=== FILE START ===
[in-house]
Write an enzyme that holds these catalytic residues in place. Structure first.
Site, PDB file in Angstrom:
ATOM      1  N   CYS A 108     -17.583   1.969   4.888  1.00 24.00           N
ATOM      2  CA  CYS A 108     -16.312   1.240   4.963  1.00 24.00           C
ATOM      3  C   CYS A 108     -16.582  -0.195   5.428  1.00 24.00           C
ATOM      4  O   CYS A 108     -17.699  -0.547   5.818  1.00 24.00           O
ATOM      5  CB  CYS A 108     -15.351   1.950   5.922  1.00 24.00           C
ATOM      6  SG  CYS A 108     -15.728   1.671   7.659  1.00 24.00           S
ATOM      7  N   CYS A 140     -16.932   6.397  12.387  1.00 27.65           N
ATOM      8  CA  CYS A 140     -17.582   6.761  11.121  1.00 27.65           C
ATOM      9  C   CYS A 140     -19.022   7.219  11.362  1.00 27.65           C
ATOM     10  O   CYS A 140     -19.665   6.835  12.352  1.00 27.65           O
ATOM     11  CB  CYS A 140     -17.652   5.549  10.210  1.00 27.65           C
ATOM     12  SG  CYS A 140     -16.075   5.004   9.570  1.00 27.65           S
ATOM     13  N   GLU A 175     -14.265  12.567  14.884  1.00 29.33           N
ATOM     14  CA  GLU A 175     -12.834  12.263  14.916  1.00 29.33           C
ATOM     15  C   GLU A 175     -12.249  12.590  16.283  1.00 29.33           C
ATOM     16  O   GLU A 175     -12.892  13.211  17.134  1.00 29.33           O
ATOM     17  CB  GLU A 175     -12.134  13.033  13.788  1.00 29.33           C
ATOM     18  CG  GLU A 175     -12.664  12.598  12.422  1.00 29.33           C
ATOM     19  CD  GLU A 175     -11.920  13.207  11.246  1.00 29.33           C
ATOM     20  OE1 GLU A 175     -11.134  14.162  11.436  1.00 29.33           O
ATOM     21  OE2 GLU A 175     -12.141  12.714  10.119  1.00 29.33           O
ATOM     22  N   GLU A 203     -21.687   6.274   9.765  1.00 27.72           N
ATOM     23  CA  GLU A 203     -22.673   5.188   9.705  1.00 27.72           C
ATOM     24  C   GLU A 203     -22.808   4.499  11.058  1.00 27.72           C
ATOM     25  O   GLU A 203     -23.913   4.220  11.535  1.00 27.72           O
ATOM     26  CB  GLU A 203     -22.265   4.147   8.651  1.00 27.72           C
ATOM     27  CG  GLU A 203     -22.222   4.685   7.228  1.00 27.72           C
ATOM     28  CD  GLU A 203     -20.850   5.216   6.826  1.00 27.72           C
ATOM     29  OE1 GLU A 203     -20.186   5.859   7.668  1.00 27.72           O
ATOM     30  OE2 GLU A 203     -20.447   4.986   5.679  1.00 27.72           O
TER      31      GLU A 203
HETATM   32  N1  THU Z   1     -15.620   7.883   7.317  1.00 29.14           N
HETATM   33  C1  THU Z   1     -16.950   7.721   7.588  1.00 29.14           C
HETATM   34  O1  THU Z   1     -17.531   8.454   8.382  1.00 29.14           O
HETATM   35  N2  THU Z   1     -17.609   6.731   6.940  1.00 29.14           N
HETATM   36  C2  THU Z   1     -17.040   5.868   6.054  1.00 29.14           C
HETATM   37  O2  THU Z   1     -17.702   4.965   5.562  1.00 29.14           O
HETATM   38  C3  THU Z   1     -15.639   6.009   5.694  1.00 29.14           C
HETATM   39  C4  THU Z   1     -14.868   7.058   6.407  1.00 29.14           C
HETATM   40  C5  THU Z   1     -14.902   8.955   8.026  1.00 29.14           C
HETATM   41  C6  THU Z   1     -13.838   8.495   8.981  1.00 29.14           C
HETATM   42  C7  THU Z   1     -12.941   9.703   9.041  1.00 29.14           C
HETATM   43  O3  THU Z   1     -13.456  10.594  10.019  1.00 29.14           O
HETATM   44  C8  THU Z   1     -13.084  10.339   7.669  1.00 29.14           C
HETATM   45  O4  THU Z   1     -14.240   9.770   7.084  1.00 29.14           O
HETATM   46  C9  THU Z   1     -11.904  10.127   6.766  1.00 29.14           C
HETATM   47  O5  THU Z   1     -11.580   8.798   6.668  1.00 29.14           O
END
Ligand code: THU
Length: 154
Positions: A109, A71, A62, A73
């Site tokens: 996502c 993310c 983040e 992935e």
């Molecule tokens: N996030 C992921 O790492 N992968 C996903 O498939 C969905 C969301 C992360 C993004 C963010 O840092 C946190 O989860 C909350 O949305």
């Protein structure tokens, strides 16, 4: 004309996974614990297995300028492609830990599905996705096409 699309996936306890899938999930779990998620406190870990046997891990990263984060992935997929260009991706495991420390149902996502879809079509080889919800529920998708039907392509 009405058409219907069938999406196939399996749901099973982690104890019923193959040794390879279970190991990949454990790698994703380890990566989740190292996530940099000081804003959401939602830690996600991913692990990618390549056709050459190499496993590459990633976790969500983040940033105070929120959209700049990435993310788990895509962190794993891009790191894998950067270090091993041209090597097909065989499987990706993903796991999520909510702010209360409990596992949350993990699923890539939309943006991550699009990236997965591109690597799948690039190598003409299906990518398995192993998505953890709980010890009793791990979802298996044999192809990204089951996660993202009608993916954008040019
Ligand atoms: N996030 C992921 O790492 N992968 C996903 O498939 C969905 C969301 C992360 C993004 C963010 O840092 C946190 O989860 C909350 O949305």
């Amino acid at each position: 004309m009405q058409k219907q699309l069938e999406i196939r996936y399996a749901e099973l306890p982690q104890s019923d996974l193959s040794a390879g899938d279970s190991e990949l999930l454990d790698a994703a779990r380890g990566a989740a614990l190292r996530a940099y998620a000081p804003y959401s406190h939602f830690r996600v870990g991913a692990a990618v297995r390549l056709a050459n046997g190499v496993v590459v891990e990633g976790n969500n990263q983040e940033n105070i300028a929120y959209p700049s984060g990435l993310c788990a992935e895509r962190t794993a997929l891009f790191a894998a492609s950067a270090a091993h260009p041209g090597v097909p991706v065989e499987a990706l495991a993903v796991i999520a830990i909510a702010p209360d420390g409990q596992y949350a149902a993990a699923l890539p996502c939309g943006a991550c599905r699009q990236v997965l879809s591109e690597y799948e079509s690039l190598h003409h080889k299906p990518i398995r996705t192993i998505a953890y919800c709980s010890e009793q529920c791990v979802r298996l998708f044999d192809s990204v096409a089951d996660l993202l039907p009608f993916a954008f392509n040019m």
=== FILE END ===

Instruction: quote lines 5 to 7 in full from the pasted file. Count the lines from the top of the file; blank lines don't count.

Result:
ATOM      2  CA  CYS A 108     -16.312   1.240   4.963  1.00 24.00           C
ATOM      3  C   CYS A 108     -16.582  -0.195   5.428  1.00 24.00           C
ATOM      4  O   CYS A 108     -17.699  -0.547   5.818  1.00 24.00           O